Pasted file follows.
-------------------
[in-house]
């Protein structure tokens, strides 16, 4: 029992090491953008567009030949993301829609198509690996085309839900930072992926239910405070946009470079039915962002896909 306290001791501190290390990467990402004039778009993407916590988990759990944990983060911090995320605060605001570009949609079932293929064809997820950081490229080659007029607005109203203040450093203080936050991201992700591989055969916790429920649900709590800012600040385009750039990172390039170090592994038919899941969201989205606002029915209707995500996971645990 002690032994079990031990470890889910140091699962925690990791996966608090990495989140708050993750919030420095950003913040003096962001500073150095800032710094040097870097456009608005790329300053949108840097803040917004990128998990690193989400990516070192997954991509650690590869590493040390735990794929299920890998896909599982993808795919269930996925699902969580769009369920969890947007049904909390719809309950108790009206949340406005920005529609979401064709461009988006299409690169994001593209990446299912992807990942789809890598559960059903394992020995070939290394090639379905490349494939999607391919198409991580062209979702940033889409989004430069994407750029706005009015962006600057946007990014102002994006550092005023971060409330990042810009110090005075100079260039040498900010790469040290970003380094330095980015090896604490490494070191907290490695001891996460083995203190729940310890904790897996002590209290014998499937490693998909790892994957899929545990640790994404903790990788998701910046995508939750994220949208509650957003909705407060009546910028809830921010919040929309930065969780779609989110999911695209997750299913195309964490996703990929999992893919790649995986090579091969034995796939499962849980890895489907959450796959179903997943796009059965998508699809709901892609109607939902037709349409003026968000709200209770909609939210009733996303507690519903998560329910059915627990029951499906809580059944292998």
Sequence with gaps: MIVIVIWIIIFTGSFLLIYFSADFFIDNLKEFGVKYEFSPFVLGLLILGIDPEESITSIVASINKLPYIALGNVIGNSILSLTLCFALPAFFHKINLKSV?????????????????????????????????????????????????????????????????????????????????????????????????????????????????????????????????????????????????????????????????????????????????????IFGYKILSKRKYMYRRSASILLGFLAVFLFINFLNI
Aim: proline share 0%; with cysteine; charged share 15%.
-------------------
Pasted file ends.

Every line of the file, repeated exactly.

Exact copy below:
[in-house]
């Protein structure tokens, strides 16, 4: 029992090491953008567009030949993301829609198509690996085309839900930072992926239910405070946009470079039915962002896909 306290001791501190290390990467990402004039778009993407916590988990759990944990983060911090995320605060605001570009949609079932293929064809997820950081490229080659007029607005109203203040450093203080936050991201992700591989055969916790429920649900709590800012600040385009750039990172390039170090592994038919899941969201989205606002029915209707995500996971645990 002690032994079990031990470890889910140091699962925690990791996966608090990495989140708050993750919030420095950003913040003096962001500073150095800032710094040097870097456009608005790329300053949108840097803040917004990128998990690193989400990516070192997954991509650690590869590493040390735990794929299920890998896909599982993808795919269930996925699902969580769009369920969890947007049904909390719809309950108790009206949340406005920005529609979401064709461009988006299409690169994001593209990446299912992807990942789809890598559960059903394992020995070939290394090639379905490349494939999607391919198409991580062209979702940033889409989004430069994407750029706005009015962006600057946007990014102002994006550092005023971060409330990042810009110090005075100079260039040498900010790469040290970003380094330095980015090896604490490494070191907290490695001891996460083995203190729940310890904790897996002590209290014998499937490693998909790892994957899929545990640790994404903790990788998701910046995508939750994220949208509650957003909705407060009546910028809830921010919040929309930065969780779609989110999911695209997750299913195309964490996703990929999992893919790649995986090579091969034995796939499962849980890895489907959450796959179903997943796009059965998508699809709901892609109607939902037709349409003026968000709200209770909609939210009733996303507690519903998560329910059915627990029951499906809580059944292998």
Sequence with gaps: MIVIVIWIIIFTGSFLLIYFSADFFIDNLKEFGVKYEFSPFVLGLLILGIDPEESITSIVASINKLPYIALGNVIGNSILSLTLCFALPAFFHKINLKSV?????????????????????????????????????????????????????????????????????????????????????????????????????????????????????????????????????????????????????????????????????????????????????IFGYKILSKRKYMYRRSASILLGFLAVFLFINFLNI
Aim: proline share 0%; with cysteine; charged share 15%.